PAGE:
On this occasion, I point the finger of accusation directly at EMILY and those behind that organisation. EMILY is an acronym for "Early Money is Like Yeast"--which makes dough rise--and it involves the payment of money directly to candidates--and for their training and expenses--who support the Labour party and are pro-abortion.

More specifically, Emily's List leaflets state:

That 1992 manifesto commitment was to increase access to abortion so that it was

This move financially to assist women candidates, we were told by The Scotsman of 4 February 1995, involved payments of £1,000 to candidates, coupled with an additional £650-worth of training. The same article tells us that a number of Opposition women Members, including several who are on the Front Bench, were founding members of the organisation, and it is widely held that tacit support and possibly preferential treatment is given to Emily's List women during the Labour party's candidate selection process.

What concerns me and should concern the House is not that there are those who are willing to assist women Labour party candidates, but that there are those seeking election to the House who believe that it is acceptable effectively to sell their souls in this way to achieve selection, and ultimately election.

Many hon. Members in all parts of the House hold views that differ widely from mine on the issue of abortion and the sanctity of human life at its most

19 Mar 1996 : Column 176

vulnerable. I do not share their views, but I have no reason whatever to doubt the honesty and integrity with which they are held. I am sure that many hon. Members who take such a pro-abortion stance will endorse my condemnation of a practice that effectively denies women candidates in the Labour party access to preferential advancement unless they will sacrifice their principles. Surely that cannot be right, and must be stopped. Would we tolerate the Ford Motor Company being able to pay candidates who gave a commitment to vote for the abolition of vehicle excise duty?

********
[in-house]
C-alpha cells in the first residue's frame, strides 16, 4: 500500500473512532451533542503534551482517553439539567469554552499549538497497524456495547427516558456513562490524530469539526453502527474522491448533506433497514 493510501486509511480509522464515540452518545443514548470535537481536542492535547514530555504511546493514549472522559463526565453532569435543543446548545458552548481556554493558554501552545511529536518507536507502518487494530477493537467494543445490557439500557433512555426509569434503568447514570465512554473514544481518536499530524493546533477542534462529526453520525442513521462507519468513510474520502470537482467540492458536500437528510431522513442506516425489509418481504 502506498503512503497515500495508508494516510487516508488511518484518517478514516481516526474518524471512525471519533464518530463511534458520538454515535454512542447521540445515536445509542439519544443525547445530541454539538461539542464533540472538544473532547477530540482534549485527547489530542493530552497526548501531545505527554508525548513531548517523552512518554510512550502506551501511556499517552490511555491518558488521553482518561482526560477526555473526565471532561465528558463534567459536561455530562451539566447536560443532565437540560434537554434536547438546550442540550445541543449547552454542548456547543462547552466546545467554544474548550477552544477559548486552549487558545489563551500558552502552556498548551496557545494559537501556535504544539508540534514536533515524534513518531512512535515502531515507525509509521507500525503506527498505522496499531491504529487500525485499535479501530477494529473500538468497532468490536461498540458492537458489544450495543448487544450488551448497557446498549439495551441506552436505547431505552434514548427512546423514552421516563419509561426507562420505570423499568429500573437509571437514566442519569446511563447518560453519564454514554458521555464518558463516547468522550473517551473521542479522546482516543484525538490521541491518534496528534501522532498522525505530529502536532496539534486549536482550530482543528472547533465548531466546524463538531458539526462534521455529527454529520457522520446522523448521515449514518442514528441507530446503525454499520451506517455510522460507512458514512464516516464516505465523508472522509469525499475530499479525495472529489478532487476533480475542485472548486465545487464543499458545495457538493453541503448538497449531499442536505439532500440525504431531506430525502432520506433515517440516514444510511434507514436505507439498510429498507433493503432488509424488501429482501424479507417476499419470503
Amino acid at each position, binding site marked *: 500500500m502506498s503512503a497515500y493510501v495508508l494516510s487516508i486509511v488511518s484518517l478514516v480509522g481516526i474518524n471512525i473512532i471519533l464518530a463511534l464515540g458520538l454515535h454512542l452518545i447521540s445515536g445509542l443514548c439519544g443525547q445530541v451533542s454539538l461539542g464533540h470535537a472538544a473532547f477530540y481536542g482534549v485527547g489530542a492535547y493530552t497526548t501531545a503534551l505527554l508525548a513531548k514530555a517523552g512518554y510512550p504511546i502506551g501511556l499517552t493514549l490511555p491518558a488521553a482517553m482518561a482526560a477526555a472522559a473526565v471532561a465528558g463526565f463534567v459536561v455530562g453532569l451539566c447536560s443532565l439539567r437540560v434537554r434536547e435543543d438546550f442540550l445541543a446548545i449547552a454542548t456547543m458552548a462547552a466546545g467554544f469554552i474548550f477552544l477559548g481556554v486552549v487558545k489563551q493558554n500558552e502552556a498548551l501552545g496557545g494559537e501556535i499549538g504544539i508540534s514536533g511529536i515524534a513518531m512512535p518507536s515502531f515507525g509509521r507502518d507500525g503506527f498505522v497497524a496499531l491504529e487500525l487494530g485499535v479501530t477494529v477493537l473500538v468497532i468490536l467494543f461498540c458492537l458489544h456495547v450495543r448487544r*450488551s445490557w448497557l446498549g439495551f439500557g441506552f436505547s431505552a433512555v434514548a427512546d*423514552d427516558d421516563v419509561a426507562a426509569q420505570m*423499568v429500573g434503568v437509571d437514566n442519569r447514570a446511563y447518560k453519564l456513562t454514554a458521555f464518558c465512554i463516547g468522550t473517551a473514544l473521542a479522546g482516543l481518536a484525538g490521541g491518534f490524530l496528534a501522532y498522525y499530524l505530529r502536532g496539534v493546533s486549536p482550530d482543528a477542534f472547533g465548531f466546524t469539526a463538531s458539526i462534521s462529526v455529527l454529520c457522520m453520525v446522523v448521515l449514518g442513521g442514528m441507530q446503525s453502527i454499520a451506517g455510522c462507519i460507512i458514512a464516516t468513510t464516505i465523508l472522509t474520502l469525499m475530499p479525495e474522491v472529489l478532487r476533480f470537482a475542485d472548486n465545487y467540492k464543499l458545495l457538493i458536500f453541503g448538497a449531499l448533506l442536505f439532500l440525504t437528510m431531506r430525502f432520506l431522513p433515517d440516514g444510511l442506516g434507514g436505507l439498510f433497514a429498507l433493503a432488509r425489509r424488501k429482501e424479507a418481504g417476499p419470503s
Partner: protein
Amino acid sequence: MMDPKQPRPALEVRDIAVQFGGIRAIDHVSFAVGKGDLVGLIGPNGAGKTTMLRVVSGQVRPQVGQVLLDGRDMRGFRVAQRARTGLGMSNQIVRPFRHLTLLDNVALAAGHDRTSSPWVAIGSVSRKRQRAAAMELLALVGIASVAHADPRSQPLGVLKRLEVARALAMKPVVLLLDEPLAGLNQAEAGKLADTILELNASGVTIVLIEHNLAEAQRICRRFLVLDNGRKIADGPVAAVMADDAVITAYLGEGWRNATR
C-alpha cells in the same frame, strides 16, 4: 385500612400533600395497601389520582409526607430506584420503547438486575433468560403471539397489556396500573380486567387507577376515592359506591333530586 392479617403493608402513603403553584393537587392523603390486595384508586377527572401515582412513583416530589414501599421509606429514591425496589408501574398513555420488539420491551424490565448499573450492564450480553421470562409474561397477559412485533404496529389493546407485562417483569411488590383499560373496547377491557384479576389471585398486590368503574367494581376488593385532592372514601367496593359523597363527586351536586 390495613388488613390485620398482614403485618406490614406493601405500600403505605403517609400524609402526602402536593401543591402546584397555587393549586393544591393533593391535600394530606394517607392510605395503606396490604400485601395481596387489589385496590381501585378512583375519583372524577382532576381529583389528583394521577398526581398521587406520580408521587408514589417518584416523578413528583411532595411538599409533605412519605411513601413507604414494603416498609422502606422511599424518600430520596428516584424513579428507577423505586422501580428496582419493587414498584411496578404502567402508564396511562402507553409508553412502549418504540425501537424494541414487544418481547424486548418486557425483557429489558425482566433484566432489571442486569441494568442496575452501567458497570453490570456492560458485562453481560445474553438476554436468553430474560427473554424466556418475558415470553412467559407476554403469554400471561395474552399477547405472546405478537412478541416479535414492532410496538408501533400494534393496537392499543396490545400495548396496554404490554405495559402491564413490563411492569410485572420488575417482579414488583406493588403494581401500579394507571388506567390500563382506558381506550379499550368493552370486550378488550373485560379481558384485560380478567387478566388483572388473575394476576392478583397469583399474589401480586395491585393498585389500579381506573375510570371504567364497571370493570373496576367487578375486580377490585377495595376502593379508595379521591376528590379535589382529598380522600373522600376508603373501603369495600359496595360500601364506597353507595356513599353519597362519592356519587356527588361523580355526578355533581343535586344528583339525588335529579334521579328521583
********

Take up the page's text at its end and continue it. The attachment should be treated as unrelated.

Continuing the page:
Lest there be any doubt that I am other than accurately reporting the position, let me quote from a letter, published in the Brentford, Chiswick and Isleworth Times, from Ann Ward, a committee member of Emily's List:

Anyone has the right to ask candidates how they would vote on any subject, and I encourage them to do so, but to pay money to people who give a commitment to vote a certain way is different. In passing, I record in particular my concern that a major retailer such as Tesco has allowed its name to become tarnished by being associated with the sponsorship of events for that organisation.

Furthermore, there can be no suggestion that EMILY is operating without the tacit support and endorsement of the Labour party. The April 1994 edition of EMILY News tells us that all Labour party regional women's committees are invited to send members to the Emily's List UK selection committee, and that other parts of the party are also invited to nominate members, including the parliamentary Labour women's committee and Labour Members of the European Parliament.

The defence to the accusation of "vote purchasing" usually deployed by Emily's List--for example, when challenged on radio by my good friend the hon. Member for Castle Point (Dr. Spink), who has done such stalwart work in exposing this hypocrisy, humbug and corruption--is that it cannot hold a member, once selected, to a commitment given in return for cash. What a bizarre defence that is--my contract to corrupt Parliament is no ground for concern, because I find that I cannot necessarily enforce it.

The first report of the Nolan committee on standards in public life, which quoted from the 1947 declaration of the House, observed:

Paragraph 50 of the same report states that it would be unsatisfactory and possibly a contempt of Parliament if a Member

All existing Members are honourable. I seek the leave of the House to continue that tradition by amending the Representation of People Acts to require candidates receiving financial support from Emily's List to declare

19 Mar 1996 : Column 177

that fact in their election address or on the ballot paper, so that, before deciding how to vote, the public will know that candidates have already sold their soul.

Question put and agreed to.

Bill ordered to be brought in by Mrs. Ann Winterton, Mrs. Marion Roe, Rev. Martin Smyth, Mr. David Evennett, Mr. Vivian Bendall, Mr. Julian Brazier, Mrs. Elizabeth Peacock, Mr. Nicholas Winterton and Dame Jill Knight.

Next Section

IndexHome Page